In 1992, I was three years old. Apparently, some of you old farts were reading Nintendo Power at that time and were treated to installments of Super Mario Adventures. The magazine ran a chapter of the story each month of the year, and now they’re collected into a single graphic novel.
If you have fond memories of the series from the early ’90s or have become a fan of quirky Mario humor from playing games like Super Mario RPG or Paper Mario: The Thousand-Year Door, then I think you’ll want to add this one to your collection.
Super Mario Adventures
Story: Kentaro Takekuma
Art: Charlie Nozawa
Published: VIZ Media
Released: October 11, 2016
The plot here isn’t based off of any particular game, but definitely draws a lot of inspiration from Super Mario World. The Mario brothers encounter plenty of familiar foes, at the center of which are the Koopalings (and of course, Bowser). Peach gets kidnapped, Mario and Luigi go on to save her, and plenty happens in between. The story takes place over twelve chapters, and a bonus side-story is included between Mario and Wario that paints Mario in an…interesting light.
While it won’t take long to get through the story and it doesn’t buck the classic “saving Peach” formula very much, it was an absolute delight to read through Super Mario Adventures. The art, drawn by Charlie Nozawa (also known as Tamakichi Sakura) is simply amazing. I can’t tell you how many times I wanted to stop reading just to scan in a panel so I could have it on my computer to use for, well, I’m not sure. To show it off maybe? I want to pass this book around to all of my close friends just so they can experience the same joy I had while reading through it.
The strongest element of this graphic novel is easily its humor. The art, combined with the writing style, had me laughing at almost every page. Seriously, the average LPP (laughs per page) is phenomenal here. Despite predating them, it reminded me of the humor of Super Mario RPG and the Paper Mario series. Quirky, off-the-wall written and visual jokes leave the reader with no idea what could possibly happen next. Actually, I’m pretty sure that Super Mario RPG stole some ideas from Adventures.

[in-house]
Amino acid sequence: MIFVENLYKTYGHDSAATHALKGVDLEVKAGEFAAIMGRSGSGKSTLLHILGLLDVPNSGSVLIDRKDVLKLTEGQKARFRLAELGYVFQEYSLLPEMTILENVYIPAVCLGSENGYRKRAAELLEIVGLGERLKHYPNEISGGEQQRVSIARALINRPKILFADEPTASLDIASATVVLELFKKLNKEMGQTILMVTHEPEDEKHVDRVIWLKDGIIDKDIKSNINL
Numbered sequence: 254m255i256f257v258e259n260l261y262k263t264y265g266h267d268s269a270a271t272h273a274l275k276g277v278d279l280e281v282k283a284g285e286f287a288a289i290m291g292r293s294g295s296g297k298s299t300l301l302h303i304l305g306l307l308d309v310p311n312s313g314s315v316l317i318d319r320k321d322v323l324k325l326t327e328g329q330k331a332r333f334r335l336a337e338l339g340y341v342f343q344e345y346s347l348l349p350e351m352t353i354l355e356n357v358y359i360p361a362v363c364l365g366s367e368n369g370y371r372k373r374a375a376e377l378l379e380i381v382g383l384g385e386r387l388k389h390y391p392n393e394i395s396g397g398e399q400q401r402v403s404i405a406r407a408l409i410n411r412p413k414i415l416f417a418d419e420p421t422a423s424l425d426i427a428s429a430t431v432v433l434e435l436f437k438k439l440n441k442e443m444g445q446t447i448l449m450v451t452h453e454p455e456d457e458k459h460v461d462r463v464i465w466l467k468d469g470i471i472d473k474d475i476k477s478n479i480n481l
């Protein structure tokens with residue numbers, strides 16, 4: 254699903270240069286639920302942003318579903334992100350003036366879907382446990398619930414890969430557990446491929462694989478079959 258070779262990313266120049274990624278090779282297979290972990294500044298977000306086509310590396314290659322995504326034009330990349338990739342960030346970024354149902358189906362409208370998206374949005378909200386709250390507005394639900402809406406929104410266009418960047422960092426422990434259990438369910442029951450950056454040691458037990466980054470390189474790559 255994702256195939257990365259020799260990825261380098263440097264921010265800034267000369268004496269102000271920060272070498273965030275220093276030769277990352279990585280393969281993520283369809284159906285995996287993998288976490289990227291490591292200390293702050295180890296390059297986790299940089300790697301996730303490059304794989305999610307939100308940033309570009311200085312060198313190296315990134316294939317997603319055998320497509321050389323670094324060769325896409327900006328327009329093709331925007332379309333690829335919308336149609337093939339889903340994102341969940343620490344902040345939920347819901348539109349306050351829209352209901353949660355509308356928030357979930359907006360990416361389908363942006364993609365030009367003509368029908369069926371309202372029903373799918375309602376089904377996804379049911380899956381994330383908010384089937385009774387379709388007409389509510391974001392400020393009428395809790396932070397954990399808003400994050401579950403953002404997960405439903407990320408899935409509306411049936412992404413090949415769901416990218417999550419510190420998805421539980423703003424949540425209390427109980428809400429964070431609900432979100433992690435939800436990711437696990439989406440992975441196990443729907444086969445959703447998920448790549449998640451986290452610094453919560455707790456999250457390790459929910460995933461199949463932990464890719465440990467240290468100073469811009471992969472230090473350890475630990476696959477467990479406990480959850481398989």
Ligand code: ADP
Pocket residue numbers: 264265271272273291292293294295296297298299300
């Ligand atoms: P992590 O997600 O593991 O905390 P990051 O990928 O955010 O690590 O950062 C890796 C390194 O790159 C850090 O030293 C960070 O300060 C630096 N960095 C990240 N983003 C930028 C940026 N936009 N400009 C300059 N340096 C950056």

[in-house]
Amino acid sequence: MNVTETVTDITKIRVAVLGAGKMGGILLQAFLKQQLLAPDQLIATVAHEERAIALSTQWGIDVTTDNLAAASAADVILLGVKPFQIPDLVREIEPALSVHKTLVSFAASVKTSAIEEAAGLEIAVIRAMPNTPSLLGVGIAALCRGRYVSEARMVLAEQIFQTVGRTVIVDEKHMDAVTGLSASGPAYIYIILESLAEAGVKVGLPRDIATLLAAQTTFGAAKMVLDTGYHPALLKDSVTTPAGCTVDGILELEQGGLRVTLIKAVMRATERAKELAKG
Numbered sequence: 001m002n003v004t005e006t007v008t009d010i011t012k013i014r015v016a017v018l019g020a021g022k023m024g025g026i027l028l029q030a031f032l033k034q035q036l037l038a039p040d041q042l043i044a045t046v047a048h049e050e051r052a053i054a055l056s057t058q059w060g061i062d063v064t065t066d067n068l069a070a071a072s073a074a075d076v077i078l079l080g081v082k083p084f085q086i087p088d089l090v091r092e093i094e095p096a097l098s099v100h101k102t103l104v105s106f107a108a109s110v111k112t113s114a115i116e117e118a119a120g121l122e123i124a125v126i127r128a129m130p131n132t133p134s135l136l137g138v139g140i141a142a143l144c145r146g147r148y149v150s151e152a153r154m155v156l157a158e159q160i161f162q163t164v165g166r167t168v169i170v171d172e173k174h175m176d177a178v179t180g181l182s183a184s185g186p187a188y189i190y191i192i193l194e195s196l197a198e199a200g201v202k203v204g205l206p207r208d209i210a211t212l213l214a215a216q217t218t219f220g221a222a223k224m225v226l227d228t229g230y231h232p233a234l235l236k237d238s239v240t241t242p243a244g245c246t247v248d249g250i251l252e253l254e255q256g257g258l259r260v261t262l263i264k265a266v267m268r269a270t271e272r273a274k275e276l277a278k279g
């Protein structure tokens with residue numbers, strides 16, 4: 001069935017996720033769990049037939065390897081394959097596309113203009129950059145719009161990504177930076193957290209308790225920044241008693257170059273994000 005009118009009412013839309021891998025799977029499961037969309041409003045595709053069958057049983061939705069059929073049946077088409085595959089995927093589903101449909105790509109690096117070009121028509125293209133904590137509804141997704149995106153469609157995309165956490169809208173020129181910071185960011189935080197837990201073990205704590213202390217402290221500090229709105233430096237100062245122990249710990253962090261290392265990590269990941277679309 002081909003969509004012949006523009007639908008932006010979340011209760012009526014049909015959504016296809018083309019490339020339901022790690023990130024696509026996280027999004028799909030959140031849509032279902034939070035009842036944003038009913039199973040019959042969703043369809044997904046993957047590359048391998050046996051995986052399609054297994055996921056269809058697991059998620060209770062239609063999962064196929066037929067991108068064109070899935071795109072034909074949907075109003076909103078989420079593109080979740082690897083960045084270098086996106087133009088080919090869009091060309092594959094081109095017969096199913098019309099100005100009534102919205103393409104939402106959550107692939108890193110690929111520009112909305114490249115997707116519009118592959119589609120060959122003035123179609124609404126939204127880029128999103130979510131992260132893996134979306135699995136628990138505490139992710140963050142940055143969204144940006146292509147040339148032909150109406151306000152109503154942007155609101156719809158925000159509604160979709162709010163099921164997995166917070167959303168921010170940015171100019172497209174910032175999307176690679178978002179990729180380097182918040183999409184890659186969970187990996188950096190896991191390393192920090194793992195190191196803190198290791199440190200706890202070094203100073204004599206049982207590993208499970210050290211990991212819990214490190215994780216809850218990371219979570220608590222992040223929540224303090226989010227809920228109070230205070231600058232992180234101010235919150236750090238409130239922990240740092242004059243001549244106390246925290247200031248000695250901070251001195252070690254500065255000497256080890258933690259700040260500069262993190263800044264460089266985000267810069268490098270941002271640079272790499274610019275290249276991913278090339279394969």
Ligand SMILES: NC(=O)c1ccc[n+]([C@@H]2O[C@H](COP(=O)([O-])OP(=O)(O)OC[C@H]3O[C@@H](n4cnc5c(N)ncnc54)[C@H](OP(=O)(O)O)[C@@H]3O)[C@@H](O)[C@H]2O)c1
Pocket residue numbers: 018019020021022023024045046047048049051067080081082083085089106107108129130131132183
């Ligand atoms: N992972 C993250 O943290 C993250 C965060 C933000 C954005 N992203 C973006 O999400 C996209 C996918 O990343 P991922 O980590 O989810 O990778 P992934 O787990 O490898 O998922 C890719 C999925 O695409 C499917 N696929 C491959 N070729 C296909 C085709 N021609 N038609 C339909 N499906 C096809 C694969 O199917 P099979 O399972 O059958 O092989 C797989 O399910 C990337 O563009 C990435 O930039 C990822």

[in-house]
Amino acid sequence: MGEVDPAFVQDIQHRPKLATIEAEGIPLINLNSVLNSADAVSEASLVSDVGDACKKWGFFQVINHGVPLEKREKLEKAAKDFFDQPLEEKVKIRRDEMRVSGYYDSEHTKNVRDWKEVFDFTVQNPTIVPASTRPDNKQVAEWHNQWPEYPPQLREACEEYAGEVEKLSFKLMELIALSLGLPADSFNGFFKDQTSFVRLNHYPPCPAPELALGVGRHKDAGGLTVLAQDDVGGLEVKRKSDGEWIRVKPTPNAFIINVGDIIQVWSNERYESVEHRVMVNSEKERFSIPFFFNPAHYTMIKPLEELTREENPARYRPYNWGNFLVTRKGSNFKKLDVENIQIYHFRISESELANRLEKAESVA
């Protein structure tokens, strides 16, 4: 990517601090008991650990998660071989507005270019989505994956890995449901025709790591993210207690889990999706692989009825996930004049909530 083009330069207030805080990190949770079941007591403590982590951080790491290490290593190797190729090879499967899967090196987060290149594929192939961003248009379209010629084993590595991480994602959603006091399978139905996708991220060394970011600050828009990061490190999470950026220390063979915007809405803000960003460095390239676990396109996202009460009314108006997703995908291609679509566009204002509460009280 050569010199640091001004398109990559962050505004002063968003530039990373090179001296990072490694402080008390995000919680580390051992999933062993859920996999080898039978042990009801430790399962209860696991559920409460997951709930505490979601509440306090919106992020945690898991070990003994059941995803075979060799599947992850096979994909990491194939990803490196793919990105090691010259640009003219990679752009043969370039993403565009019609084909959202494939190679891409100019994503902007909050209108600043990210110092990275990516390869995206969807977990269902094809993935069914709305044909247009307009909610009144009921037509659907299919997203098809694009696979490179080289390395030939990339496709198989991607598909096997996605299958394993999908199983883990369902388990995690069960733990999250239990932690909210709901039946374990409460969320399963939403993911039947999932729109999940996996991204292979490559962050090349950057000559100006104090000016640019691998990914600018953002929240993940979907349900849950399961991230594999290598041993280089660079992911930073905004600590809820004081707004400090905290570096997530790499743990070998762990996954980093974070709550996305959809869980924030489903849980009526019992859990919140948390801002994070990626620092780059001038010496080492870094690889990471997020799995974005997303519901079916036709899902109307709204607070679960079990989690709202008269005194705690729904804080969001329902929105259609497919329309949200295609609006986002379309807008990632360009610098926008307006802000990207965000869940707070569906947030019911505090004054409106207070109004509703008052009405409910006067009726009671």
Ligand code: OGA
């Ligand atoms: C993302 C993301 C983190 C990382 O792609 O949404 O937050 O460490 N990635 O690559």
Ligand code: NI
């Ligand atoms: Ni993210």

Man, I’m flipping through it now as a refresher and can’t help but laugh no matter where I stop. Many facial expressions are over-exaggerated to the point of being ridiculous and it isn’t afraid to completely flip the art style on its head for a single panel to catch the reader off guard. Extremely human-looking face Mario? Yup, got it. Giant, anime-eye Boo? You bet! And yet, nothing feels out of place or weird because it establishes itself as odd and unpredictable early on and never lets that idea go.
The actual writing itself is done by Kentaro Takekuma, who is apparently the co-author of Even a Monkey Can Draw Manga. I’ve never heard of it, but the “about the author” section let me know. It’s all pretty standard stuff, except for the fact that Kentaro’s pun game was very strong in 1992. Many of the lines are downright goofy, but complement the visual gags perfectly.
I was shocked to find out that neither Kentaro Takekuma or Charlie Nozawa were famous in their respective fields. They have combined to create a brilliant piece of work in Super Mario Adventures. This is something that, whenever I’m feeling down, I’ll just pick it up and read through a random chapter to pick myself up again. It’s funny, witty, and charming in all the right ways and if you’re a fan of some of the quirkier entries of the Mario series, this is a must-own graphic novel.
This definitely deserves a wonky-Wario thumbs up.
[This review is based on a retail copy of the book provided by the publisher.]